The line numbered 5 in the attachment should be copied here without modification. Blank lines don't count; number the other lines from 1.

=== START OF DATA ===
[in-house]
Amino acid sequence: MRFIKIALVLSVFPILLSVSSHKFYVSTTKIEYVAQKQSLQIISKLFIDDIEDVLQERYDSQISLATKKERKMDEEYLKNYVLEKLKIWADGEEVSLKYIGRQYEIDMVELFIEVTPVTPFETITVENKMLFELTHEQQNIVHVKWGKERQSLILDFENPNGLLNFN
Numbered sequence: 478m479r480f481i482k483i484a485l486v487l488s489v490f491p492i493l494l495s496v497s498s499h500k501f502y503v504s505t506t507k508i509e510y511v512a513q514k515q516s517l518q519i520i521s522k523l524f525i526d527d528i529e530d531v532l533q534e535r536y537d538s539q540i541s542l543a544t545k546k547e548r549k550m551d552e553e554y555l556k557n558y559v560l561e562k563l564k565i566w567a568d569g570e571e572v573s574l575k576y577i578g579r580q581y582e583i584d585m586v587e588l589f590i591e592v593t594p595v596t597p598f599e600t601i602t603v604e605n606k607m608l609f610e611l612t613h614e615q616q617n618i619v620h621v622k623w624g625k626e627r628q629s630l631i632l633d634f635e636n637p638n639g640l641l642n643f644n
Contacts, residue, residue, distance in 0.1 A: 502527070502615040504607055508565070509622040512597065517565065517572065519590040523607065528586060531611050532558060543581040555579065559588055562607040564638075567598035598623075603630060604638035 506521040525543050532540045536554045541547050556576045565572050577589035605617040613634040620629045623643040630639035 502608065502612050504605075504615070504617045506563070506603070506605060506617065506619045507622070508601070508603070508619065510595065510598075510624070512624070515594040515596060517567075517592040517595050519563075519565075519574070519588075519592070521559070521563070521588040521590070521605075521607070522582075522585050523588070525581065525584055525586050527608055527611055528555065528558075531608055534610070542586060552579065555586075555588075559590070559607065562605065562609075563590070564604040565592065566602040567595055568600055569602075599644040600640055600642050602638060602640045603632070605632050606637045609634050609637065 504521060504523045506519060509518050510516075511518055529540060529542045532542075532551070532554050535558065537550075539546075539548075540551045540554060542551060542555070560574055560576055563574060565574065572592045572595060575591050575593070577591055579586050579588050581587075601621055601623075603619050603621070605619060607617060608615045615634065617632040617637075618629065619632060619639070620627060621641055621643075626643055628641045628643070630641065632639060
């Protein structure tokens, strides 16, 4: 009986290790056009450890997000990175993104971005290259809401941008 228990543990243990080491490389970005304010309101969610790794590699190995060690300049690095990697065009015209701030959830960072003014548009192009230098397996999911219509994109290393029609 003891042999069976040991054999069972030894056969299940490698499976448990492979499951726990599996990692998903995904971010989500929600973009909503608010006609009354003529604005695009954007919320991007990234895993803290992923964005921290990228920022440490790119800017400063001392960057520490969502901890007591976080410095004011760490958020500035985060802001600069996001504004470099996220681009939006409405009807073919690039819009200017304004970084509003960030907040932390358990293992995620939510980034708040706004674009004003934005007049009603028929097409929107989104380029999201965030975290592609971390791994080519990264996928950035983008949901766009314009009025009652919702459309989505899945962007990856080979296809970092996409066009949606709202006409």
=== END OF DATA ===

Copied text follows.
């Protein structure tokens, strides 16, 4: 009986290790056009450890997000990175993104971005290259809401941008 228990543990243990080491490389970005304010309101969610790794590699190995060690300049690095990697065009015209701030959830960072003014548009192009230098397996999911219509994109290393029609 003891042999069976040991054999069972030894056969299940490698499976448990492979499951726990599996990692998903995904971010989500929600973009909503608010006609009354003529604005695009954007919320991007990234895993803290992923964005921290990228920022440490790119800017400063001392960057520490969502901890007591976080410095004011760490958020500035985060802001600069996001504004470099996220681009939006409405009807073919690039819009200017304004970084509003960030907040932390358990293992995620939510980034708040706004674009004003934005007049009603028929097409929107989104380029999201965030975290592609971390791994080519990264996928950035983008949901766009314009009025009652919702459309989505899945962007990856080979296809970092996409066009949606709202006409």